Microsoft Office DDE Exploit

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Microsoft Office DDE Exploit

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“Fancy Bear” Hackers Using Microsoft Dynamic Data Exchange Exploit

Overview

Microsoft’s DDE feature is designed to allow Office files to include links to other remote files, like hyperlinks between documents. But it can also be used to pull malware onto a victim’s computer when they merely open a document, and then click through an innocuous prompt asking them if they “want to update this document with data from the linked files?”

The apt28 hackers appear to be using that technique to infect anyone who clicks on attachments with names like SabreGuard2017.docx and IsisAttackInNewYork.docx. In combination with the scripting tool PowerShell, they install a piece of reconnaissance malware called Seduploader on victims’ machines. They then use that initial malware to scope out their victim before deciding whether to install a more fully featured piece of spyware—one of two tools known as X-Agent and Sedreco.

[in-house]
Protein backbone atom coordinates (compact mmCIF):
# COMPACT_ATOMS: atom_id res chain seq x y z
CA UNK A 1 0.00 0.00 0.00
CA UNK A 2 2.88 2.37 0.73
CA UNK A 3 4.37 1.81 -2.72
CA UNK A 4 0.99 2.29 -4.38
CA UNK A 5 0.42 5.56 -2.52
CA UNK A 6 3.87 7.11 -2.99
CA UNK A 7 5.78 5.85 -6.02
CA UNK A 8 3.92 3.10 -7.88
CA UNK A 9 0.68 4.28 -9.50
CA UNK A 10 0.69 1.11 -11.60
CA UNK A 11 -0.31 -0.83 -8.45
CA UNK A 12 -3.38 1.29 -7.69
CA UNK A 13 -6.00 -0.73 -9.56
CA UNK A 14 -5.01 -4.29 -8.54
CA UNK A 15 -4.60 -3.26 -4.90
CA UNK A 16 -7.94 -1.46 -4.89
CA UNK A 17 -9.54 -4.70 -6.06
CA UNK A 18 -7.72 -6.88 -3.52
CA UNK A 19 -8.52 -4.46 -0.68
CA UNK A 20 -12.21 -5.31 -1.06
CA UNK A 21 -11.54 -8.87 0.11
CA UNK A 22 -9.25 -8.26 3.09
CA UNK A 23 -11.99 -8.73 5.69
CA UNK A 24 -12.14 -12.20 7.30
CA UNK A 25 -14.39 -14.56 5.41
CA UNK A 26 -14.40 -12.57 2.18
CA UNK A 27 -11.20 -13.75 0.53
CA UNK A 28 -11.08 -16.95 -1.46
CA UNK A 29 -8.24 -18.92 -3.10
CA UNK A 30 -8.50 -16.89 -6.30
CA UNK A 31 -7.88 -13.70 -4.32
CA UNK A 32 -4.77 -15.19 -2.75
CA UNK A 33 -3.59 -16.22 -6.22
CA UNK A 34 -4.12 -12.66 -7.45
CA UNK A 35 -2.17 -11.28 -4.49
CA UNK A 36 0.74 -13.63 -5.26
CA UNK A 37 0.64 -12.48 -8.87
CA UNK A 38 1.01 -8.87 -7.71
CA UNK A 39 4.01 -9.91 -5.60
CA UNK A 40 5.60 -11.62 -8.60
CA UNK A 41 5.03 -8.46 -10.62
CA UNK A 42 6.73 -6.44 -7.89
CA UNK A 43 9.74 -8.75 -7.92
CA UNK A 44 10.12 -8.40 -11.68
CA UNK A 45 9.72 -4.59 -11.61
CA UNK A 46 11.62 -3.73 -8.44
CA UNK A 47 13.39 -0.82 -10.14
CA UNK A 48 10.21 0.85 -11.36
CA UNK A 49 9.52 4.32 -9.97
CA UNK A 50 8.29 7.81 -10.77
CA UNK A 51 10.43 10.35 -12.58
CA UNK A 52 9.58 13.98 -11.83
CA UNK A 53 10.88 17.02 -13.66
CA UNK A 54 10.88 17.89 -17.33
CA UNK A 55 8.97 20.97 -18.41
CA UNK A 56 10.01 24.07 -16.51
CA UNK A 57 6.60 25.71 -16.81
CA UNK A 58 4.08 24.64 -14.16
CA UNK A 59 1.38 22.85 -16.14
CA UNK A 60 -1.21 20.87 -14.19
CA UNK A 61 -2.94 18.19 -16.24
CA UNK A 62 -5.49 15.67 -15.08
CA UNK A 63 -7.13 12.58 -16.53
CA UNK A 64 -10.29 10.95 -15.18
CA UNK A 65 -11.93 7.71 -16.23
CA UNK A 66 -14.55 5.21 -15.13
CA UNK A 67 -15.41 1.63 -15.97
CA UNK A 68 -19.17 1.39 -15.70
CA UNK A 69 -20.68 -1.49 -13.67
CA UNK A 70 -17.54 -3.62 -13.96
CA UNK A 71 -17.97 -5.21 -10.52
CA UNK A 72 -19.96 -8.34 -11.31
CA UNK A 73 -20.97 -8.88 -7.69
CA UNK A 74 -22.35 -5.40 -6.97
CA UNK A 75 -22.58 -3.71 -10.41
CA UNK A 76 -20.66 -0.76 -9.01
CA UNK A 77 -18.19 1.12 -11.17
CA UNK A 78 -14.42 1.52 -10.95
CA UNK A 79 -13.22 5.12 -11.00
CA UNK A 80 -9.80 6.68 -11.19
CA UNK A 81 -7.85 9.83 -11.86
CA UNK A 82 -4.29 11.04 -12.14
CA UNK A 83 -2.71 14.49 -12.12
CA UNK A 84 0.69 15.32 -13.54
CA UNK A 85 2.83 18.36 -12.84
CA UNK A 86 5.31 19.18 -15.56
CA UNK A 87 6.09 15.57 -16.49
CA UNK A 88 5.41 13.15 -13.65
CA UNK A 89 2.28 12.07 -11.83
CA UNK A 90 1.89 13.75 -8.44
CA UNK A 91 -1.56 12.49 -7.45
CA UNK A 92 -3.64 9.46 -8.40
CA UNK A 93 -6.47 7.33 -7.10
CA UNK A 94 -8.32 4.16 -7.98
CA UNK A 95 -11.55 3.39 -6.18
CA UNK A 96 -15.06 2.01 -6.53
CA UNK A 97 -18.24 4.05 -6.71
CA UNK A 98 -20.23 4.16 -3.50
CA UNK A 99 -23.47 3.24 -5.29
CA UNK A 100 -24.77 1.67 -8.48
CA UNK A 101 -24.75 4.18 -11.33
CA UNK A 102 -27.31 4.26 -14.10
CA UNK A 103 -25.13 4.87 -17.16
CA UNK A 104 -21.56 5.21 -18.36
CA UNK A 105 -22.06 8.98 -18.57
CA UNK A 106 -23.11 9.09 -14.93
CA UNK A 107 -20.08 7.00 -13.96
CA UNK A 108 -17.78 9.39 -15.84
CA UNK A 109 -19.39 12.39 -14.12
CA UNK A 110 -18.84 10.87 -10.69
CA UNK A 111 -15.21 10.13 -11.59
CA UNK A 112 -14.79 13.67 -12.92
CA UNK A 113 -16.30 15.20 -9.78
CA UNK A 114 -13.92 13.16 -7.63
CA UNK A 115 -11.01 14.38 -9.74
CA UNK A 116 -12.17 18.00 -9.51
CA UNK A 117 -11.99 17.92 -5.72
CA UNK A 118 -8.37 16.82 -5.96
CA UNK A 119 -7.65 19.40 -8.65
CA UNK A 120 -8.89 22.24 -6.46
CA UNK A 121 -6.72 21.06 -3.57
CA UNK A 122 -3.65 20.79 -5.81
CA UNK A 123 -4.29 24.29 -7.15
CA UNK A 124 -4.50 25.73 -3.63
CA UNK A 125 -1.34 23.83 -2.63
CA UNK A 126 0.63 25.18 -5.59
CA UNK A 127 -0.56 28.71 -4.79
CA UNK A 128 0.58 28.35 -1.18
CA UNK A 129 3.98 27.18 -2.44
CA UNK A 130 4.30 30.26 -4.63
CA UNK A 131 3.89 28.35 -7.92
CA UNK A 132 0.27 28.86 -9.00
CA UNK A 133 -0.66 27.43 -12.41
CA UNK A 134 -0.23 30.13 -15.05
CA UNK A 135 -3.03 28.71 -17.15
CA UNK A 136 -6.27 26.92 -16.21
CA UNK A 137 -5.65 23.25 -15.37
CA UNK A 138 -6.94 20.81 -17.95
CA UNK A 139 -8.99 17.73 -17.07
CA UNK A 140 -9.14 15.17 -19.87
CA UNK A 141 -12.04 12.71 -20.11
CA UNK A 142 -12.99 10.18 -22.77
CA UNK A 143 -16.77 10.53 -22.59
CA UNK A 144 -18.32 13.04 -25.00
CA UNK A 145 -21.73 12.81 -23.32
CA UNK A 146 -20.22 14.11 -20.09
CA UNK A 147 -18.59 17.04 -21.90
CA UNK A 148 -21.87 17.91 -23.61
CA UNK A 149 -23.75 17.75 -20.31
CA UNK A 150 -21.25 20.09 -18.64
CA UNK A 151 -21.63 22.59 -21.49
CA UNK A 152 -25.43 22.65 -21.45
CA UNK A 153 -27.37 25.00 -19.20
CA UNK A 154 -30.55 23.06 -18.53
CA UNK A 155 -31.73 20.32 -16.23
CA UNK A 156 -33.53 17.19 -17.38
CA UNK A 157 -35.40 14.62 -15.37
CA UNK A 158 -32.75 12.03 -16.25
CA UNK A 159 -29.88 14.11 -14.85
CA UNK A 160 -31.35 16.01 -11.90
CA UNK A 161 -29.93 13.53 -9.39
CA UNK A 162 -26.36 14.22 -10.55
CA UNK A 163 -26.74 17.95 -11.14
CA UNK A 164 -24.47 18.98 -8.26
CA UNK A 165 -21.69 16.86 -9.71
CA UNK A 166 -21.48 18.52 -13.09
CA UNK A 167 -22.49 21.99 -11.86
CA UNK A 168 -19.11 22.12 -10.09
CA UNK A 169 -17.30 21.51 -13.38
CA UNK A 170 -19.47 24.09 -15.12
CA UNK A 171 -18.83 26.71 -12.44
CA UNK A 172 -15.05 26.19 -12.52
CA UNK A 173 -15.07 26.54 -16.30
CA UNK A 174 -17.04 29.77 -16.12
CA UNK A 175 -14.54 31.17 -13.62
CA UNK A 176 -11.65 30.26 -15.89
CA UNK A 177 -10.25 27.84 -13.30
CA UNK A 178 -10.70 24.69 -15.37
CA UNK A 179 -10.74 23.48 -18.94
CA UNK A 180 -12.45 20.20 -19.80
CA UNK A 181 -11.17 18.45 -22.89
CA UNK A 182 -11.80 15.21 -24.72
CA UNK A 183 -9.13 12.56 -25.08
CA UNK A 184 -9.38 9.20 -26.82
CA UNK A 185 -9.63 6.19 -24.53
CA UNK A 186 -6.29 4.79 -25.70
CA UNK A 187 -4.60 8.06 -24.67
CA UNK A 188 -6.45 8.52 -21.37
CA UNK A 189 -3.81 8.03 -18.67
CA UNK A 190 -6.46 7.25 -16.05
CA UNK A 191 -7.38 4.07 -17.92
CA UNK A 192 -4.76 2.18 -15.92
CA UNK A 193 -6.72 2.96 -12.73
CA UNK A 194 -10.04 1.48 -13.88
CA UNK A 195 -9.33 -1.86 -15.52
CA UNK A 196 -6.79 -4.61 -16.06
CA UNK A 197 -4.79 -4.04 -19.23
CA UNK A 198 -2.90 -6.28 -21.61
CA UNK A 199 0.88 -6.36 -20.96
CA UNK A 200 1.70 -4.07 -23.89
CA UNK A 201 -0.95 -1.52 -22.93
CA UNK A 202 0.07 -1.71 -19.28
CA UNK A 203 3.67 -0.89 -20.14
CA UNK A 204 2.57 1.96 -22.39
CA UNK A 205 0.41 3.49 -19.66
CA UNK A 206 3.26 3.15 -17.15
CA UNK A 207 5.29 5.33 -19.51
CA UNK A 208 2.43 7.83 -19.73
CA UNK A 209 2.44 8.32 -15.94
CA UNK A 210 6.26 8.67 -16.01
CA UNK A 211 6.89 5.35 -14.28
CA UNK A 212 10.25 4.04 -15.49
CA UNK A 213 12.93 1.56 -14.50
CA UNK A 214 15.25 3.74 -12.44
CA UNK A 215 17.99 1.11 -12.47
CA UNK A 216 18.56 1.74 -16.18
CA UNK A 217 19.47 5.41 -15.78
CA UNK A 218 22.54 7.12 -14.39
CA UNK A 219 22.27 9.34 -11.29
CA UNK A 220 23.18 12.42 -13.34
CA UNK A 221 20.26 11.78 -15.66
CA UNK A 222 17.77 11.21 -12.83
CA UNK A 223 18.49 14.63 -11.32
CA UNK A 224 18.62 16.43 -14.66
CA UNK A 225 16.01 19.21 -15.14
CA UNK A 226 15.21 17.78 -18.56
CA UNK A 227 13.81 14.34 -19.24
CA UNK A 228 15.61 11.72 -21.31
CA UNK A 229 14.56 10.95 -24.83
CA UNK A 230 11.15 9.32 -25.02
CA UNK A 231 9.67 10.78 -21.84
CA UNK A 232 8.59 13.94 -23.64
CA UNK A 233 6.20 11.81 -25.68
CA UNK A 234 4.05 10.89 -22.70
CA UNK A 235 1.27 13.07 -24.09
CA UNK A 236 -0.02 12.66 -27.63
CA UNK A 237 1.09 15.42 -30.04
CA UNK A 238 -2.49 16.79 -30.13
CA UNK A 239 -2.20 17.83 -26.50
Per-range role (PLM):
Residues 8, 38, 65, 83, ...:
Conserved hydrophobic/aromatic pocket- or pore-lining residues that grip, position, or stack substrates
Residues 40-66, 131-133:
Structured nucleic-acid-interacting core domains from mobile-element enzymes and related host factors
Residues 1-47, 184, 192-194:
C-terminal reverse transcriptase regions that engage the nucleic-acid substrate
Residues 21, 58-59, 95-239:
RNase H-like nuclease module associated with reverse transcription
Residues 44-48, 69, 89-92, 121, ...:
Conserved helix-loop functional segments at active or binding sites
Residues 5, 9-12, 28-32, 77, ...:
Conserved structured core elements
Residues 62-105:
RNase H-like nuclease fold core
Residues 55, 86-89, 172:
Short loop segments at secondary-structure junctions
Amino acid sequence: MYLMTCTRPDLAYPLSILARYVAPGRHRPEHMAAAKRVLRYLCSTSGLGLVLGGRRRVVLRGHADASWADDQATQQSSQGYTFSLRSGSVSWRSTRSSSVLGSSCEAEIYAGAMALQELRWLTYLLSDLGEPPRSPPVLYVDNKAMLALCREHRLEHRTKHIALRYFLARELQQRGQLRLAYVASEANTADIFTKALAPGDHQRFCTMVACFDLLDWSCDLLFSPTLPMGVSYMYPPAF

According to McAfee, the malware samples, the domains of the command-and control servers that malware connects to, and the targets of the campaign all point to APT28, a group believed to be working in the service of Russia’s military intelligence agency GRU. As APT28 exploits the latest Microsoft Office hacking technique in a new campaign, Microsoft itself has said that it has no plans to alter or patch its DDE function; it considers DDE(Dynamic Data Exchange) a feature that’s working as intended. Microsoft noted that the DDE attack only works when Windows’ Protected Mode setting is disabled, and only if the user clicks through the prompts that the attack requires. “As always, we encourage customers to use caution when opening suspicious email attachments”.